Narendra Modi’s ascension in a climate of hate

From Godhra to Muzaffarnagar to Pulwama, death and funerals play a big role in Modi’s election campaigns.

ByVrinda Gopinath
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Narendra Modi’s ascension in a climate of hate
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It seems Prime Minister Narendra Modi and the Bharatiya Janata Party—also the hydra-headed Sangh organisations of the Rashtriya Swayamsevak Sangh—can summarily toss the image of Bajrangbali (strongman) for the emotive Shradhanjali (condolences) during election time. It’s a recurring theme in the run-up to elections where the BJP has a lot at stake. Predictably, ever since a terrorist suicide car bomb rammed into a bus and killed 40 CRPF personnel in Pulwama on February 14 in the burning state of Jammu & Kashmir, the last fortnight has seen calls for revenge, ruthlessness, retribution, apart from sentimental and whirring images of funerals, loss, bereavement and sacrifice.

Modi has led the carnival of grief and avengement, not as a leader asking for calm and communal harmony even as attacks erupted in parts of the country after Pulwama, but by thundering his commitment to teach Pakistan a lesson at a place and time of his choosing and sending IAF planes to pulverise terrorist hubs. This is accompanied by war cries from BJP leaders and ministers, and aided by a belligerent and willing mainstream media.

Call it coincidence or fortuity, but the irony of Laash ke Taash (game of corpses) could not have been more compelling when the media reported a few days ago that as part of a biopic on Modi to “capture(s) the life of the prime minister”, the filmmakers recreated the Godhra train burning of 2002. A mock-drill railway bogie was actually set on fire in Vishwamitri railway station in Vadodara, Gujarat. It may be remembered that the Godhra incident set off one of the country’s most murderous and violent communal riots. It also set the stage for Modi to rule Gujarat, which he whipped up by strident and communal campaigns as the self-proclaimed Hindu Hriday Samrat (King of Hindu Hearts) with inflated Gujarati asmita (parochial pride) to finally storm Delhi 12 years later as prime minister. That too without losing a single election since then.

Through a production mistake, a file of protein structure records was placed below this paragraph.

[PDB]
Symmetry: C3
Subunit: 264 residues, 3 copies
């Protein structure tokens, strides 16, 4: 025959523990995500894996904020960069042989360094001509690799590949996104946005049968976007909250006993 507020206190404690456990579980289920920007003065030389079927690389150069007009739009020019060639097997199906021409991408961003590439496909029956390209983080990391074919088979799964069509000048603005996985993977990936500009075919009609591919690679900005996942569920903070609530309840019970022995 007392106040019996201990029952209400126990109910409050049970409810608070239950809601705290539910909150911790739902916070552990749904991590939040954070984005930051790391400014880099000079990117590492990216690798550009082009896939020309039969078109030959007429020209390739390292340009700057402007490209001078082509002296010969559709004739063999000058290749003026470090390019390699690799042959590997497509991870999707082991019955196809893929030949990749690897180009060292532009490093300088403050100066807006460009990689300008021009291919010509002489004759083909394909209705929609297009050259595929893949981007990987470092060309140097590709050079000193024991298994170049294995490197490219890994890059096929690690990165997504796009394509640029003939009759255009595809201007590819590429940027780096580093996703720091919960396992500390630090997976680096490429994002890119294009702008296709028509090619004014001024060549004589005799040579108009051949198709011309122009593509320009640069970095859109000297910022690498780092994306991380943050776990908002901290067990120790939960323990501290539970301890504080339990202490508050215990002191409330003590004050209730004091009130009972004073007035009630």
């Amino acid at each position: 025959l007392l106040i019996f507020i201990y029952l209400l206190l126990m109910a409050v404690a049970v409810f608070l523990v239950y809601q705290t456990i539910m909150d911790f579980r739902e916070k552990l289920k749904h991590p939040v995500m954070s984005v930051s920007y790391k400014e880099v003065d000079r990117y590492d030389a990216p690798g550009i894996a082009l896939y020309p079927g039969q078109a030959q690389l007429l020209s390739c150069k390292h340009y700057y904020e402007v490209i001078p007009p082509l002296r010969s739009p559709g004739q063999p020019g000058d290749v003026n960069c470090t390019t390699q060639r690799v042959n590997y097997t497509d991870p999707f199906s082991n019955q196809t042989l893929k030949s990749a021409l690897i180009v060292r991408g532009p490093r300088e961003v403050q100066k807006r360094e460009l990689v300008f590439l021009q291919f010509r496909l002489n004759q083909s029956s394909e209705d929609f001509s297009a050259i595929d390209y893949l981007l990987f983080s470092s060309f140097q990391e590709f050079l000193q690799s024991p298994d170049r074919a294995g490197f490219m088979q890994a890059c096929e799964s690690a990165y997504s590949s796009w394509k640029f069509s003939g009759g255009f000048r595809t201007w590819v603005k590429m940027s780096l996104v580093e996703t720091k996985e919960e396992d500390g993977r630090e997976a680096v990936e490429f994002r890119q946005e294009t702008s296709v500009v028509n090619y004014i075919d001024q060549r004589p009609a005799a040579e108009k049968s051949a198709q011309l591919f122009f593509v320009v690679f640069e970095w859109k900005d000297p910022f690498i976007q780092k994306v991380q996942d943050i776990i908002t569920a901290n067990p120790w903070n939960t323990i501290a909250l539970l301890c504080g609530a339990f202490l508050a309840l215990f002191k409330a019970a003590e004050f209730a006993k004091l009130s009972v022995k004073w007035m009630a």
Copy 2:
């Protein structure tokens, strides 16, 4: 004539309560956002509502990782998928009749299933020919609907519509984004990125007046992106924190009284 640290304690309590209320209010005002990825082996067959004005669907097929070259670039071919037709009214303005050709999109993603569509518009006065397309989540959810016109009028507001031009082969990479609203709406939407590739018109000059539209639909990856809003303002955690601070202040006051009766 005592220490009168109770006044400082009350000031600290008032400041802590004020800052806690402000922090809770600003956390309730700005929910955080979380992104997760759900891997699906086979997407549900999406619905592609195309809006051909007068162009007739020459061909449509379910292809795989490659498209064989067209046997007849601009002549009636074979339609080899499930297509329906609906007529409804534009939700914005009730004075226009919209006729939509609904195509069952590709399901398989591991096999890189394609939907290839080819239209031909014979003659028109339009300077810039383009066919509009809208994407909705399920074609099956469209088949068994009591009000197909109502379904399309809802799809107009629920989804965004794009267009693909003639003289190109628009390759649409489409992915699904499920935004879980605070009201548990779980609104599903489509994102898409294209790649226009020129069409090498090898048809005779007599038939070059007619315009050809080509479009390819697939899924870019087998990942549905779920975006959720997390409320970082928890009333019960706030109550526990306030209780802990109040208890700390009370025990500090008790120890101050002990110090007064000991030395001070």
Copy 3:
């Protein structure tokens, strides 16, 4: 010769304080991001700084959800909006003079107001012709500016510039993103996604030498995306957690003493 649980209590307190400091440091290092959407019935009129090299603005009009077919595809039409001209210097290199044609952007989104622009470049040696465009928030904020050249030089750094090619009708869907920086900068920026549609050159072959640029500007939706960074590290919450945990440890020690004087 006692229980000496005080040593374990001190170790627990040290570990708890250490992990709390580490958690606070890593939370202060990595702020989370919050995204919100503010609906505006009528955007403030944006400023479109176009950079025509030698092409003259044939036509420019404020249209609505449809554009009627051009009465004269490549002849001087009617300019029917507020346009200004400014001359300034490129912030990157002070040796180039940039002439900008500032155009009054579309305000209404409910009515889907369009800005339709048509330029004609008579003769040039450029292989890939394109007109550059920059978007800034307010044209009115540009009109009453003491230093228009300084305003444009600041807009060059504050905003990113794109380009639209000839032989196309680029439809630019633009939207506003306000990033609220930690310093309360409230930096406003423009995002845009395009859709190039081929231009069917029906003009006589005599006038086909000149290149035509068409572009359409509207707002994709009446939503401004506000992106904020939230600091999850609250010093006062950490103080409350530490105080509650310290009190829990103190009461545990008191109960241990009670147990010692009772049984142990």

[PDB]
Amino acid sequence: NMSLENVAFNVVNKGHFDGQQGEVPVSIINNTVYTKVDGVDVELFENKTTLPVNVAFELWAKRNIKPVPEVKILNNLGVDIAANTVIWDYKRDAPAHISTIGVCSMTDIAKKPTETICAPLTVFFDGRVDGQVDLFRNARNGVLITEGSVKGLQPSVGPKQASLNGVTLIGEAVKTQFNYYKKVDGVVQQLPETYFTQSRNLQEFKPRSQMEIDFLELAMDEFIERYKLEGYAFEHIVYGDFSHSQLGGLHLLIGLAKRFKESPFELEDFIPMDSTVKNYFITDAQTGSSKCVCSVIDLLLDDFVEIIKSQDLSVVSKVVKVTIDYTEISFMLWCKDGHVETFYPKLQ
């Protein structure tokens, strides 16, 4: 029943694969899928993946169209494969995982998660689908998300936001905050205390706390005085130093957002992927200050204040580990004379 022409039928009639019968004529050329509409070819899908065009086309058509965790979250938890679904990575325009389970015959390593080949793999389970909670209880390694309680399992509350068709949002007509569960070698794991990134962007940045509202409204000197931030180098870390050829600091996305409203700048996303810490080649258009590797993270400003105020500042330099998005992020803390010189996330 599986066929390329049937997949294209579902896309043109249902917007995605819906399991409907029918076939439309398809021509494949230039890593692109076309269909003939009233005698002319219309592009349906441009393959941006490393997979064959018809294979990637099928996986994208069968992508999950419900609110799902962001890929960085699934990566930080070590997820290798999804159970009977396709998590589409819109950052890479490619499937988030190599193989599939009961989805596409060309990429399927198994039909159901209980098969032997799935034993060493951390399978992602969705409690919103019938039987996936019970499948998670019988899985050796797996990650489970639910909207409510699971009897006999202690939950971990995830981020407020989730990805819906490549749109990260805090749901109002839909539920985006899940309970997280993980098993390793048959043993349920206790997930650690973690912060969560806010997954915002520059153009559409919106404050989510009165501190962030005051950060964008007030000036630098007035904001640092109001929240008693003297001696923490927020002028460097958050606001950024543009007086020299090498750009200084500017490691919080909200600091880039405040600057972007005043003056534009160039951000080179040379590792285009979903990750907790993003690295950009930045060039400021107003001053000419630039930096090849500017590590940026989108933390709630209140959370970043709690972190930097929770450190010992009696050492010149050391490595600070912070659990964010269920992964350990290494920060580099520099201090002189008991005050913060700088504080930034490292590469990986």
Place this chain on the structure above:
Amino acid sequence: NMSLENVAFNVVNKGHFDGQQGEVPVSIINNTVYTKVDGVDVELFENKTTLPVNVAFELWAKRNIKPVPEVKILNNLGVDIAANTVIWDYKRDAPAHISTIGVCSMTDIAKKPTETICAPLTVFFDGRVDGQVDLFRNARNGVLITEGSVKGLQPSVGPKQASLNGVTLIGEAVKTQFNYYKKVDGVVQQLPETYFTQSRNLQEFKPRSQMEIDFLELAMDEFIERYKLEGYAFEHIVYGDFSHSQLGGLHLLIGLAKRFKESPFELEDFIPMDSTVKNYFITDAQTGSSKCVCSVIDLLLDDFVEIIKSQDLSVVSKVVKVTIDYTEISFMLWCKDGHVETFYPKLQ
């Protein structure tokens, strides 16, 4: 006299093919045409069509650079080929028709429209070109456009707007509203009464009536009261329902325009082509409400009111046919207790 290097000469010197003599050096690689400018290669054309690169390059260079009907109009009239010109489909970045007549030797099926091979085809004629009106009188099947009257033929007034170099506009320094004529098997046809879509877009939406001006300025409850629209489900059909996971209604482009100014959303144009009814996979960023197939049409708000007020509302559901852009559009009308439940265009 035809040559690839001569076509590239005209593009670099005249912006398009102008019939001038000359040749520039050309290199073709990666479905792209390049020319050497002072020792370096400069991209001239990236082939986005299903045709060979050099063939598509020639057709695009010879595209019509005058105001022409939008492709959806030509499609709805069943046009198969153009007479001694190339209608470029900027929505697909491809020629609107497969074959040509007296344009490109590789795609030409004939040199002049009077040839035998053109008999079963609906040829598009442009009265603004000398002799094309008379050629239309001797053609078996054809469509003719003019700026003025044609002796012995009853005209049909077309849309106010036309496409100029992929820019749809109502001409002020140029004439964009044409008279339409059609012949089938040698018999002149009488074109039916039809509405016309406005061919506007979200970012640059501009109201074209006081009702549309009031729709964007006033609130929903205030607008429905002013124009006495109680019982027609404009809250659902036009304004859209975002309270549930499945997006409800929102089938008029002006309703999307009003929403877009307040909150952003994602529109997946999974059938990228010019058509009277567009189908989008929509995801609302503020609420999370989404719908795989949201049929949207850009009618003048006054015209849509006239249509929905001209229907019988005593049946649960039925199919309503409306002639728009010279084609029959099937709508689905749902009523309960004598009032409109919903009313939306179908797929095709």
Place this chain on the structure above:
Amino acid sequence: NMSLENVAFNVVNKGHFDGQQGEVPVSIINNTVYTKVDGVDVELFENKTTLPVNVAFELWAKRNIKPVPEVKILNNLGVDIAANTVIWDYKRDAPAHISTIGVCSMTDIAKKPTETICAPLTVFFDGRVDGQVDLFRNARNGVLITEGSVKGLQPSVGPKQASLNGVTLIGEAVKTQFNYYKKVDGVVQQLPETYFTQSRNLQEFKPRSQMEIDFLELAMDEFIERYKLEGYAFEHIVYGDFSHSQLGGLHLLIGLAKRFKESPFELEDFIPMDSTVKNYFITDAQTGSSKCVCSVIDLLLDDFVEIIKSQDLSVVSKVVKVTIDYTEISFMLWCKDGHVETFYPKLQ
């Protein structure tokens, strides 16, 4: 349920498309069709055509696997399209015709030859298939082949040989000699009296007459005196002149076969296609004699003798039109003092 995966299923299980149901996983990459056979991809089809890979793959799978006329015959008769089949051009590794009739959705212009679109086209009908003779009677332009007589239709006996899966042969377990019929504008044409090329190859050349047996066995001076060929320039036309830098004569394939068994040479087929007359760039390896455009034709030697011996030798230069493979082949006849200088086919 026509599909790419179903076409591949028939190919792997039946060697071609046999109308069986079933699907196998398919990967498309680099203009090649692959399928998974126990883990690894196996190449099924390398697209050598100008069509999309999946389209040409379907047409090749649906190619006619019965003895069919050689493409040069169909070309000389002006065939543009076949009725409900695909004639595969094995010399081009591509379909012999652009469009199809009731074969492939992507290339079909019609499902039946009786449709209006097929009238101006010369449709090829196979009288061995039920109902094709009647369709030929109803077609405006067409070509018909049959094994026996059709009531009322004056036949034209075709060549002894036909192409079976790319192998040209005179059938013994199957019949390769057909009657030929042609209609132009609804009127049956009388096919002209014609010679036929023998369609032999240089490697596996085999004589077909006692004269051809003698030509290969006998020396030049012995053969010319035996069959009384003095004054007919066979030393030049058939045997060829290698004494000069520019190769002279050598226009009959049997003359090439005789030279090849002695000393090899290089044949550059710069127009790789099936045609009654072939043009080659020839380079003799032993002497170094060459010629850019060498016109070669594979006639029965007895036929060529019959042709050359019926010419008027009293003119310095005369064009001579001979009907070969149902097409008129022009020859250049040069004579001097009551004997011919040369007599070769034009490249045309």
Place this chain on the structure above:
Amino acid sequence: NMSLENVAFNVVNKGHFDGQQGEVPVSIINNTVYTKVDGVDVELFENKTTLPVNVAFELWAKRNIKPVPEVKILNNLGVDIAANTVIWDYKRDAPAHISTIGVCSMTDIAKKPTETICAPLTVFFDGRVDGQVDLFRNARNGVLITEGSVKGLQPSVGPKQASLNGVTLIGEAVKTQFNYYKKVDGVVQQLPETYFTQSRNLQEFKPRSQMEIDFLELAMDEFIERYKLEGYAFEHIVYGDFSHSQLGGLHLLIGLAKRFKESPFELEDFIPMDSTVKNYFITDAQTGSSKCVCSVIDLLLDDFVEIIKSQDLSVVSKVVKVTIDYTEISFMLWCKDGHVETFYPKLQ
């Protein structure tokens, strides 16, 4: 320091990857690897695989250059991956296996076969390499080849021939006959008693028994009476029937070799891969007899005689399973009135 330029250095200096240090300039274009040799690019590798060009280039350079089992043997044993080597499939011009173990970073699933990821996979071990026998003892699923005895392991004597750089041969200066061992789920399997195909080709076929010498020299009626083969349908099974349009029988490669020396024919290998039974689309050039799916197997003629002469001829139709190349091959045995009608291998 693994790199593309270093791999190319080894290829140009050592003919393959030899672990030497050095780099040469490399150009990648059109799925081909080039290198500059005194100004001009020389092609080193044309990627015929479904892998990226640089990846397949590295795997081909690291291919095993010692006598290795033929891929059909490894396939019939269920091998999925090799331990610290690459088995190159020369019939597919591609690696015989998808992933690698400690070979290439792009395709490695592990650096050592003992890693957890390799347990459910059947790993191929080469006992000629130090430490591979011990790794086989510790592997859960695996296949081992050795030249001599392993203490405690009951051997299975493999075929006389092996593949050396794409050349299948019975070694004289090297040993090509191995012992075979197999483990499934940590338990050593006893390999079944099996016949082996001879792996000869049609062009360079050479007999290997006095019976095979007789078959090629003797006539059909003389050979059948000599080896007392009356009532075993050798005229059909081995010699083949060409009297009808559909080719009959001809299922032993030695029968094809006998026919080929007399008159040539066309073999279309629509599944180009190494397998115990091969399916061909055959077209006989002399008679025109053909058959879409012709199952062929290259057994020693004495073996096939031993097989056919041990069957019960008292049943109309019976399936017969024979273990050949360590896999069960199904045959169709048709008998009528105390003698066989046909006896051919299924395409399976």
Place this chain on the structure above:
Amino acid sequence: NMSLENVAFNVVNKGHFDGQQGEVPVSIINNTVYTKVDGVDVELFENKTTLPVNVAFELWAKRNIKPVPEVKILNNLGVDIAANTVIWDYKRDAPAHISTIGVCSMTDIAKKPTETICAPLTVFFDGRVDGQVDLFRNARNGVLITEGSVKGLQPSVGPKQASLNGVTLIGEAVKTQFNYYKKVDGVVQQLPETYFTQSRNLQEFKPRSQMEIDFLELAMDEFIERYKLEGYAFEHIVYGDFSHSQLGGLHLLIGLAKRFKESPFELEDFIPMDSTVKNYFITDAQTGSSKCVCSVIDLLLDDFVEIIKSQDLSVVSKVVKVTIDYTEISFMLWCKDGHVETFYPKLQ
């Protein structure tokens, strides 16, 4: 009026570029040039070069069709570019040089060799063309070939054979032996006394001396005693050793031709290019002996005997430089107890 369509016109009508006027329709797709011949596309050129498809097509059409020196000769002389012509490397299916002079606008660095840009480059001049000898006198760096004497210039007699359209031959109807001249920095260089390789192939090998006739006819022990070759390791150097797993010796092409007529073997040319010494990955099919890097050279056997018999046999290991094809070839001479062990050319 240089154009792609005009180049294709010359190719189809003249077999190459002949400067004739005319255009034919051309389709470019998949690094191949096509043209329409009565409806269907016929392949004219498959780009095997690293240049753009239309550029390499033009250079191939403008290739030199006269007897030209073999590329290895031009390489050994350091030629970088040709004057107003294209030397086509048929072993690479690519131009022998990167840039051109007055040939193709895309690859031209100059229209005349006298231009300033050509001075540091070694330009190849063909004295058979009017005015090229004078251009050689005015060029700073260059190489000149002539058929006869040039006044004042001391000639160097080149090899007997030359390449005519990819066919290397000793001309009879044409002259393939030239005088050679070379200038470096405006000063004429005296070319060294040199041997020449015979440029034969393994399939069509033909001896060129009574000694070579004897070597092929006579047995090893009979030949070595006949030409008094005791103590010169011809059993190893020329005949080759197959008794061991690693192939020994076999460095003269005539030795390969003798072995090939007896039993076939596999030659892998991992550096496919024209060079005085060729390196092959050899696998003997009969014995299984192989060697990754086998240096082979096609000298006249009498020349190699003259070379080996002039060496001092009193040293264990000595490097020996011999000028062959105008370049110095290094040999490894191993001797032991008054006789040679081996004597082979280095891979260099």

Not surprisingly, corpses played a big role in the aftermath of Godhra when Modi allowed the charred bodies of 59 people burned in the Sabarmati Express to be brought to Ahmedabad for exhibition, even as Vishwa Hindu Parishad members were sloganeering revenge against Muslims. This has been meticulously documented in various investigation reports. It was to begin a political career and set off electoral victories for Modi, with a political cocktail of a potent mix of death, revenge, communalism, anti-Muslim sentiment, Islamic terrorism and Pakistan.

Modi’s election in a by-poll in Rajkot on February 22, 2002—barely a week before Godhra—gave him a slim majority because minority votes went against him. In December 2002, eight months after the Godhra riots, he became chief minister with a resounding majority (he won 127 seats in the 182-member Assembly), in the shadow of the Godhra corpses and murderous riots, a virulent hate campaign and provocative speeches, where he reminded people again and again about the burnt bodies in the train fire. But didn’t once raise what happened to Muslims who got the brunt of the Godhra carnage. Modi’s campaign positioned him as a protector of Hindus and against Islamic terrorism, and a vote against him was seen as a vote for Pakistan. Meanwhile, the Congress as usual pursued soft Hindutva by neither taking a firm stand against the riots nor purging members who had actively participated in the riots.